|4647374||Floating intake head for water hoses||1987-03-03||Ziaylek et al.||210/242.1|
|4172039||Oil absorbers and method of using them||1979-10-23||Akiyama||210/242.1|
|3782552||FLOATING SUCTION NOZZLE||1974-01-01||Wendell||210/242.1|
The instant invention relates generally to swimming pool devices, and more particularly, to a pool cover pump devices for above ground pools.
Numerous drainage devices have been provided in the prior art that are adapted to syphon off water. For example, U.S. Pat. No. 4,318,421 of Ward, 3,184,764 of West, and 520,146 of Scanlon, all are illustrative of such prior art. While these units may be suitable for the particular purpose to which they address, they would not be as suitable for the purpose of the present invention as hereafter described.
A primary object of the present invention is to provide a pool cover syphon for above ground pools that will overcome the shortcomings of the prior art devices.
Another object is to provide a pool cover syphon for above ground pools that will be of such design, as to empty accumulated resin water from on top of a cover of a pool.
An additional object is to provide a pool cover syphon for above ground pools that will be so designed, as to drain unattended and will contain no mechanical or electrical parts.
A further object is to provide a pool cover syphon for above ground pools that is simple and easy to use.
A still further object is to provide a pool cover syphon for above ground pools that is economical in cost to manufacture.
Further objects of the invention will appear as the description proceeds.
To the accomplishment of the above and related objects, this invention may be embodied in the form illustrated in the accompanying drawings, attention being called to the fact, however, that the drawings are illustrative only and that changes may be made in the specific construction illustrated and described within the scope of the appended claims.
The figures in the drawings are briefly described as follows:
FIG. 1 is a diagrammatic perspective view of the instant invention shown in operative use;
FIG. 2 is perspective view of the instant invention showing the cover partially lifted; and
FIG. 3 is a cross sectional view taken on line 3--3 of FIG. 2.
Turning now descriptively to the drawing, in which like reference characters denote like elements throughout the several views, a sump screen device 10 is shown to include a housing 12 having a tube fitting 14 fixedly secured at one end in an opening 16 through a side wall 18. A flexible hose 20 is received on the other end of fitting 14 and is fastened thereto by an adjustable clamp 22. A divider wall 24 is fixedly secured to the inner periphery of side wall 18 and bottom wall 26 of housing 12, for a purpose which will hereinafter be described.
A top wall 28 is fixedly secured to a portion of housing 12 and is provided with a plurality of spaced openings 30, as are also provided through a wall portion of housing 12, the openings 30 providing for input flow of rain water 32 that accumulates in the top of pool cover 34 covering outdoor pool 35, while at the same time preventing leaves and other large debris immersed in the water from clogging the sump screen device and making it inoperative. A pivotal cover 36 is provided and is secured to top wall 28 by a hinge 38 fastened by fasteners 39. This pivotal cover 36 provides for covering compartment 40 for containing a quantity of ballast gravel 42 that serves to weigh housing down to prevent its moving, when sump screen device 10 is in operation and the input flow of rain water 32 is entering the adjacent second compartment 43.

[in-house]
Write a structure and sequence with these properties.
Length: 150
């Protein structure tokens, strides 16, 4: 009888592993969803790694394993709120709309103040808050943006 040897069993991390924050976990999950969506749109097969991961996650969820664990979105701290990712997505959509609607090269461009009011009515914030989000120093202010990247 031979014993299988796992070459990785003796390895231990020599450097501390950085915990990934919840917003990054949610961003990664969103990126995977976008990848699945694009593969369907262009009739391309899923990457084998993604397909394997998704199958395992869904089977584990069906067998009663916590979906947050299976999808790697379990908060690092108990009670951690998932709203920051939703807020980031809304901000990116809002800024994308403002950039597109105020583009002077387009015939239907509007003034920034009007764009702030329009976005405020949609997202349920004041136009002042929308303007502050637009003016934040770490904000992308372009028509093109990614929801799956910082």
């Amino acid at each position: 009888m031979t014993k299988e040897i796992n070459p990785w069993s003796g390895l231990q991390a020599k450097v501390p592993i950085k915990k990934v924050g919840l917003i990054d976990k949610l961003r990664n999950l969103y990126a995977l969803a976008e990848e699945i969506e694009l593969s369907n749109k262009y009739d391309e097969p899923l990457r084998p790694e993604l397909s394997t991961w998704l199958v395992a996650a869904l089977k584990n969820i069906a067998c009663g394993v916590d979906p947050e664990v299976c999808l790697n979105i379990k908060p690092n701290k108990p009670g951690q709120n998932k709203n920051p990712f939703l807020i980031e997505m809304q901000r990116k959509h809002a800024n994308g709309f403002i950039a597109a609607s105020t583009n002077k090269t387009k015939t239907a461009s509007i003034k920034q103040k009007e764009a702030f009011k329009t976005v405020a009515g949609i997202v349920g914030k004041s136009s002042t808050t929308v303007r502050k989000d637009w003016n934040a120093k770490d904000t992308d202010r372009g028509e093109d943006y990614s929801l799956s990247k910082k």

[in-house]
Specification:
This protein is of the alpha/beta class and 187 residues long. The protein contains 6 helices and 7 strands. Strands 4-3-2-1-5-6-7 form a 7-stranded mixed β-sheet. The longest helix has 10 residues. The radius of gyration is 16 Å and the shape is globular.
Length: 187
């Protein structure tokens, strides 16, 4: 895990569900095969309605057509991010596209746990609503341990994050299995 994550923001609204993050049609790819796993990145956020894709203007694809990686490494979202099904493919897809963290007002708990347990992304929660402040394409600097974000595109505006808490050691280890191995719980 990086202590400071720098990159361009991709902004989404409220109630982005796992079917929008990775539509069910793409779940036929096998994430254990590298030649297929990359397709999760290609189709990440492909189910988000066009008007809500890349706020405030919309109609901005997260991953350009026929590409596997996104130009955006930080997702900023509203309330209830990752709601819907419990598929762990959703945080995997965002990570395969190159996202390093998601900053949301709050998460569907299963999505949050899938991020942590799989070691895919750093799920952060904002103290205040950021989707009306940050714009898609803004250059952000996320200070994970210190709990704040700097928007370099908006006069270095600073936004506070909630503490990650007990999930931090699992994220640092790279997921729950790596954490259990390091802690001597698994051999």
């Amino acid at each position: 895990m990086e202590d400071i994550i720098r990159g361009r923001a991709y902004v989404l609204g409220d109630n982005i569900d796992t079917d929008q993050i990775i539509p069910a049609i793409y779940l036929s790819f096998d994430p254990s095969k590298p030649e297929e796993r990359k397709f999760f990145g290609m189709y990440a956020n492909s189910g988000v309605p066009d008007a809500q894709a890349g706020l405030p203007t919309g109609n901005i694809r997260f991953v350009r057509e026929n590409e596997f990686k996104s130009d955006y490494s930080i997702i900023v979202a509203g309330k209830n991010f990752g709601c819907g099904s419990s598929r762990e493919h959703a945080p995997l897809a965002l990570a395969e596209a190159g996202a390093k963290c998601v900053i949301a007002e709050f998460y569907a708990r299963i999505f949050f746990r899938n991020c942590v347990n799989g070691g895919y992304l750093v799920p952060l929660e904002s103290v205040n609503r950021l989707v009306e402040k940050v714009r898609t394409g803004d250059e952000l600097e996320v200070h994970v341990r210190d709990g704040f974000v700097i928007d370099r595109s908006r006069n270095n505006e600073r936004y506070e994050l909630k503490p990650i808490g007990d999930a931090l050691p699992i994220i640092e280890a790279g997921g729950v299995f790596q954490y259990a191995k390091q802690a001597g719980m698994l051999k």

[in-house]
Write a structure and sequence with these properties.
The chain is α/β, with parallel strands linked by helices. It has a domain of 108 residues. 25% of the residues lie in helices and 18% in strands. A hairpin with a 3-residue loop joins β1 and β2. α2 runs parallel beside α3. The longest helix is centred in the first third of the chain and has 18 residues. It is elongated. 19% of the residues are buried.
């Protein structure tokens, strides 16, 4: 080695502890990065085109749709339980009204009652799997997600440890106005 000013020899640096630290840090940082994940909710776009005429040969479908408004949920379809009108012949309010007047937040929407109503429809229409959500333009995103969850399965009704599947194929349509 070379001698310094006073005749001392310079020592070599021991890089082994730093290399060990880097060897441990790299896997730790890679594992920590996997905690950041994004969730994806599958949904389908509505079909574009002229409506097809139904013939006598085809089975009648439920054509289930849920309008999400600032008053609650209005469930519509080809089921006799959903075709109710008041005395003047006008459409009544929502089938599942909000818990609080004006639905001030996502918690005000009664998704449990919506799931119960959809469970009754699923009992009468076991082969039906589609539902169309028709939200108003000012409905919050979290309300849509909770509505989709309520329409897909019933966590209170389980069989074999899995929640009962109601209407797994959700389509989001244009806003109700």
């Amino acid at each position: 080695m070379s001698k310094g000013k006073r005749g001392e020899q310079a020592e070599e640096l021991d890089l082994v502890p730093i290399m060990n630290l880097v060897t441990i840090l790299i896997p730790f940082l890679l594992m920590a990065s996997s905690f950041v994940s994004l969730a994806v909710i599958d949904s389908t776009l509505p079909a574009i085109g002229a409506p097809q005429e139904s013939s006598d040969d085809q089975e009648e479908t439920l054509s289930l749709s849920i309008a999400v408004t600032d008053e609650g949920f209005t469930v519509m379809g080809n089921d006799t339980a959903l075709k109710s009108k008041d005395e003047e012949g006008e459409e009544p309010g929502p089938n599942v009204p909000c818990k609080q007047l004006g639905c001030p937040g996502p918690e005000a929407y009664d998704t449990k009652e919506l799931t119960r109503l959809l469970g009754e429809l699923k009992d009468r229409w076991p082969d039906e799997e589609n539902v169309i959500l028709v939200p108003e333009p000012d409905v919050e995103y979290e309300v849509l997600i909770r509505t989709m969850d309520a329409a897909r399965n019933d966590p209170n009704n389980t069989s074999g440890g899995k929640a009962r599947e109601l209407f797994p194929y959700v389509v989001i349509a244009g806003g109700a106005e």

A lip 44 is fixedly secured to outer periphery of the rim portion of housing 12 and provided for latching engagement with a latch hook 46 that is fixedly secured to the outer peripheral edge of pivotal cover 36, the combination of the lip 44 and the latch hook 46, providing for keeping the gravel 42 confined in the compartment 40.
A typical check valve and bulb pump 48 is provided for starting sump screen device 10, and includes an input tube 50 secured in a squeeze bulb 52, and a flexible discharge the 54 is fixedly secured at one end to a rear portion of input tube 50.
In operation, housing 12 is placed as near to the center portion of the rain water 32 accumulated on cover 34, with the top wall 28 facing upward. The unattached end of the flexible hose 20 is depended downward from the side of the pool 35, and the tube 50 is forced into the hose 20. After the above, the operator squeezes the bulb 52 to cause a differential in pressure and the rain water 32 will then begin to flow through openings 30, the hose 20, and out of the discharge tube 54. When the above occurs, the pump 48 is then removed and the rain water 32 will continue to flow out from the cover 34 of the pool 35.
While certain novel features of this invention have been shown and described and are pointed out in the annexed claims, it will be understood that various omissions, substitutions and changes in the forms and details of device illustrated and in its operation can be made by those skilled in the art without departing from the spirit of the invention.